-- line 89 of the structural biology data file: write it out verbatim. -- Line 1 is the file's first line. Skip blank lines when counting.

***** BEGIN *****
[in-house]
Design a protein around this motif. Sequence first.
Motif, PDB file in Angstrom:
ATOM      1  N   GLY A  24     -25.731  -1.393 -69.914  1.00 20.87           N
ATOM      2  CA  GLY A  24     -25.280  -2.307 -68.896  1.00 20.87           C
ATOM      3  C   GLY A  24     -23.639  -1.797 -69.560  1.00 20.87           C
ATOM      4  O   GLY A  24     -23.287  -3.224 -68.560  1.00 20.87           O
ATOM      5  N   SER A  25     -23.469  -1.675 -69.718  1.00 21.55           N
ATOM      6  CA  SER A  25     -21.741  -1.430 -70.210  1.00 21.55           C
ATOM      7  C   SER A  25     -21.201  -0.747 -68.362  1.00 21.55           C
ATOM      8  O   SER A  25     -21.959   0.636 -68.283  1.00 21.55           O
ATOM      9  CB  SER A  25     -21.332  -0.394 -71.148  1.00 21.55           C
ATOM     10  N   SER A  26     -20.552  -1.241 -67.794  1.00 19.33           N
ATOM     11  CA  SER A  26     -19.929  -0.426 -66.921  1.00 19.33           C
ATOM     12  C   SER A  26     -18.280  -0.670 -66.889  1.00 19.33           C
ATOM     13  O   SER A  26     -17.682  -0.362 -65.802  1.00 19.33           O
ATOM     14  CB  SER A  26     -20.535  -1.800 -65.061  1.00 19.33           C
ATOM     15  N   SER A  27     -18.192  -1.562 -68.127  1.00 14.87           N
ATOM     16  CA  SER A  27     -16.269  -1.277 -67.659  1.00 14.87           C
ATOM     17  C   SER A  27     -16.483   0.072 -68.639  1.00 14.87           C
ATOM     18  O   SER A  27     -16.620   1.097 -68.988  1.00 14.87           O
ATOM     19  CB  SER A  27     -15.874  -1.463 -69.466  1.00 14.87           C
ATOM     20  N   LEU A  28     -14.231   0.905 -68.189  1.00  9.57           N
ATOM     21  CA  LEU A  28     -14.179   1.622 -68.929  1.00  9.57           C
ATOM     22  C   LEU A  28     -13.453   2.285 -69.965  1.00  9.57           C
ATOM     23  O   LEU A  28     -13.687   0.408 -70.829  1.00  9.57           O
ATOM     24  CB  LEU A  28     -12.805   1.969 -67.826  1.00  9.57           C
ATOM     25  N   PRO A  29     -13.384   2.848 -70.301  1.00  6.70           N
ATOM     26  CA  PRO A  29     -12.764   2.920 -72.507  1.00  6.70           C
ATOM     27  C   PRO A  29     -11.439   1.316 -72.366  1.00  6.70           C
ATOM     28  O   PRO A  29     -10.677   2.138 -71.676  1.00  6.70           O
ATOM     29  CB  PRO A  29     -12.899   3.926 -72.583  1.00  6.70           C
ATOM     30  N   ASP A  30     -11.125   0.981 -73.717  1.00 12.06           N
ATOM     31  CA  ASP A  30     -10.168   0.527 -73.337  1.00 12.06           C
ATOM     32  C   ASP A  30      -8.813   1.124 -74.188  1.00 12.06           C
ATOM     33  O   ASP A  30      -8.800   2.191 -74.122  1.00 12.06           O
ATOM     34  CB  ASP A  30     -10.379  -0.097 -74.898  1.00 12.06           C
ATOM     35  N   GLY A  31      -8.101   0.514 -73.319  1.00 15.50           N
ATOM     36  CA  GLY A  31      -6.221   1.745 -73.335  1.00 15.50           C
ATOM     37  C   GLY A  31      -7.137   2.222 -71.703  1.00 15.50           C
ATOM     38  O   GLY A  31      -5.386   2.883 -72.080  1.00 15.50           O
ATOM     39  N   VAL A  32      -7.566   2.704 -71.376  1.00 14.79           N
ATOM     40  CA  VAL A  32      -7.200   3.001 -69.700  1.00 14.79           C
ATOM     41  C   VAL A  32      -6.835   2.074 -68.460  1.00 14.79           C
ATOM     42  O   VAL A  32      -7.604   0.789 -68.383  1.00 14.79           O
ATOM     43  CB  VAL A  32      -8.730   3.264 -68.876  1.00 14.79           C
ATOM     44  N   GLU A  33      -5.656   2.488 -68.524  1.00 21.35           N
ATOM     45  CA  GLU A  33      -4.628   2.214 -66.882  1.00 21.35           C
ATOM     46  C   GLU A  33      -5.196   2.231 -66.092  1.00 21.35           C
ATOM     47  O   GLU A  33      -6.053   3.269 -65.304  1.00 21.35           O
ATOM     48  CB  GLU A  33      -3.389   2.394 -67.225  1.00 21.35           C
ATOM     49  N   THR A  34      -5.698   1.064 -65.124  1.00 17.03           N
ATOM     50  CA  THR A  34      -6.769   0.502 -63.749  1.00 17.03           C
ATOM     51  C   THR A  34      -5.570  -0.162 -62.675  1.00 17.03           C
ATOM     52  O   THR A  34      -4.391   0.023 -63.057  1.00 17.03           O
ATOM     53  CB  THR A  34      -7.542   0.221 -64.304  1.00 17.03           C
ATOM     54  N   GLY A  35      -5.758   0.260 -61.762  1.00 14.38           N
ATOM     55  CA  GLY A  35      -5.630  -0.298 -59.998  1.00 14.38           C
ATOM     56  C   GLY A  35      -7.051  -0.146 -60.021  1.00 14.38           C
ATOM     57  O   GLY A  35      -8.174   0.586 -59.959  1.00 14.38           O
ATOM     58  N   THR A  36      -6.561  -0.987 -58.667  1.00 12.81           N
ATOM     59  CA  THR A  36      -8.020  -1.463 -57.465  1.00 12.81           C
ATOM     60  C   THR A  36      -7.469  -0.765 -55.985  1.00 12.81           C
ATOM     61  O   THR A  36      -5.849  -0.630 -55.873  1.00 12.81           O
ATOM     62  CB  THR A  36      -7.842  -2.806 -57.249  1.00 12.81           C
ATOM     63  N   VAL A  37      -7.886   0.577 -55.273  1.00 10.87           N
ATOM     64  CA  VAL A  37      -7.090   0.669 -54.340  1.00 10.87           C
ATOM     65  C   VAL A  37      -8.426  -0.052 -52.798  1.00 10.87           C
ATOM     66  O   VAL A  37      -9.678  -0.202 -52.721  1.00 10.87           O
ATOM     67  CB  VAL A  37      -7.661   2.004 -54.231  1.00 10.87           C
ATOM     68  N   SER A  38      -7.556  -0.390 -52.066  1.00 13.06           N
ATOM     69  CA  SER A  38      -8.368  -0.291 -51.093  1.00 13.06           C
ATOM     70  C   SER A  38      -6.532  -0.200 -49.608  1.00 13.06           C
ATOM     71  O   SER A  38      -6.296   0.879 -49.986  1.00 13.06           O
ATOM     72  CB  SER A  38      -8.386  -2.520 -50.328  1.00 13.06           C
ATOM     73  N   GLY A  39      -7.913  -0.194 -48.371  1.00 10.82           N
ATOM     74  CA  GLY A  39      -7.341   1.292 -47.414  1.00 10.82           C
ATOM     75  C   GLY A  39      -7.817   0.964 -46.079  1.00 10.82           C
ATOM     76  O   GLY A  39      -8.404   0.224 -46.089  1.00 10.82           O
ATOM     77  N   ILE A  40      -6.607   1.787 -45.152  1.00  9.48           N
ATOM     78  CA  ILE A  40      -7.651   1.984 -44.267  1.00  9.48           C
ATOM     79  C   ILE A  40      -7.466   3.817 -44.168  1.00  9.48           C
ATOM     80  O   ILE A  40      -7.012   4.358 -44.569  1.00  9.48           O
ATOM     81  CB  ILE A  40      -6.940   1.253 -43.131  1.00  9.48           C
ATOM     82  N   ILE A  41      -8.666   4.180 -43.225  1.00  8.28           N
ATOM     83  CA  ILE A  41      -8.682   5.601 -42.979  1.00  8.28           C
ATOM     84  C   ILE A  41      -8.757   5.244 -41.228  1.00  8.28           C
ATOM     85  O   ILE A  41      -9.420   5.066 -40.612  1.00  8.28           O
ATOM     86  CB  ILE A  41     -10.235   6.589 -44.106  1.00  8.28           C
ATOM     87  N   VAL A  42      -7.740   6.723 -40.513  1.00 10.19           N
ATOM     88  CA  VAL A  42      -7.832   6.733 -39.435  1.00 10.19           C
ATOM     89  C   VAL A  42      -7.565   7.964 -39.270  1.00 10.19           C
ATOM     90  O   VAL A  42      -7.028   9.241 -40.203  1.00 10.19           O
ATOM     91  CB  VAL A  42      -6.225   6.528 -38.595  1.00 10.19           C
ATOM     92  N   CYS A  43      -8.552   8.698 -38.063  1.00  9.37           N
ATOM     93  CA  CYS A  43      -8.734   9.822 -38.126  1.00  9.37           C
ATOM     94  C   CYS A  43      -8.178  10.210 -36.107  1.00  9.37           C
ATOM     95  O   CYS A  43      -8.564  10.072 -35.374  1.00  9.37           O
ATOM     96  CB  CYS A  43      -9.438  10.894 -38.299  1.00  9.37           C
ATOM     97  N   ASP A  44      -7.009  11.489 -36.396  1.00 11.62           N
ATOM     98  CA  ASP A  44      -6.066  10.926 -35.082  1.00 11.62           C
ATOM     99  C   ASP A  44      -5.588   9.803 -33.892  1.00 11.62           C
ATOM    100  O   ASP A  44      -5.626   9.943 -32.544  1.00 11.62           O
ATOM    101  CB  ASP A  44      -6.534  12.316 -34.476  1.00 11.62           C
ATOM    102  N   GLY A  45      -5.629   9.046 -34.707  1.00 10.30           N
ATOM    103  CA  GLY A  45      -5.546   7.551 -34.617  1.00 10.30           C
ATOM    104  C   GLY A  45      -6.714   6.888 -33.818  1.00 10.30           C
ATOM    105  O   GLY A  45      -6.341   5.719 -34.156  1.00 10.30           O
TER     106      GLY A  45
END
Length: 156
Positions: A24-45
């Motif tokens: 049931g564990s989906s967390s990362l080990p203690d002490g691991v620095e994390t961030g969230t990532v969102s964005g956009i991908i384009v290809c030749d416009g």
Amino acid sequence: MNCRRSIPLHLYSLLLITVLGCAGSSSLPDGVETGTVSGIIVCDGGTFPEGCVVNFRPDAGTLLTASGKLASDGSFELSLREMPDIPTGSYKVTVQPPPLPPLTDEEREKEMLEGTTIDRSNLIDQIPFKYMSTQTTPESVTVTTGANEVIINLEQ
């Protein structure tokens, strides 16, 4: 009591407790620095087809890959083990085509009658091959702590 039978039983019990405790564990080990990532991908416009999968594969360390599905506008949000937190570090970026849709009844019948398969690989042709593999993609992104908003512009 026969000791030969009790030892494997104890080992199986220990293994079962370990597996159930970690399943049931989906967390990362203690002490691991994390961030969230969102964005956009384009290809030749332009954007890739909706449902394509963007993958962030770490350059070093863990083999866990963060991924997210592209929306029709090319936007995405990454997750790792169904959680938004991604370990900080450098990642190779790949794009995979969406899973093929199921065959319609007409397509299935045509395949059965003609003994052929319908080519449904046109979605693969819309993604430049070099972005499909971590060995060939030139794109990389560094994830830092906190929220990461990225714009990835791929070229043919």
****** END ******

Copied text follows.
ATOM     86  CB  ILE A  41     -10.235   6.589 -44.106  1.00  8.28           C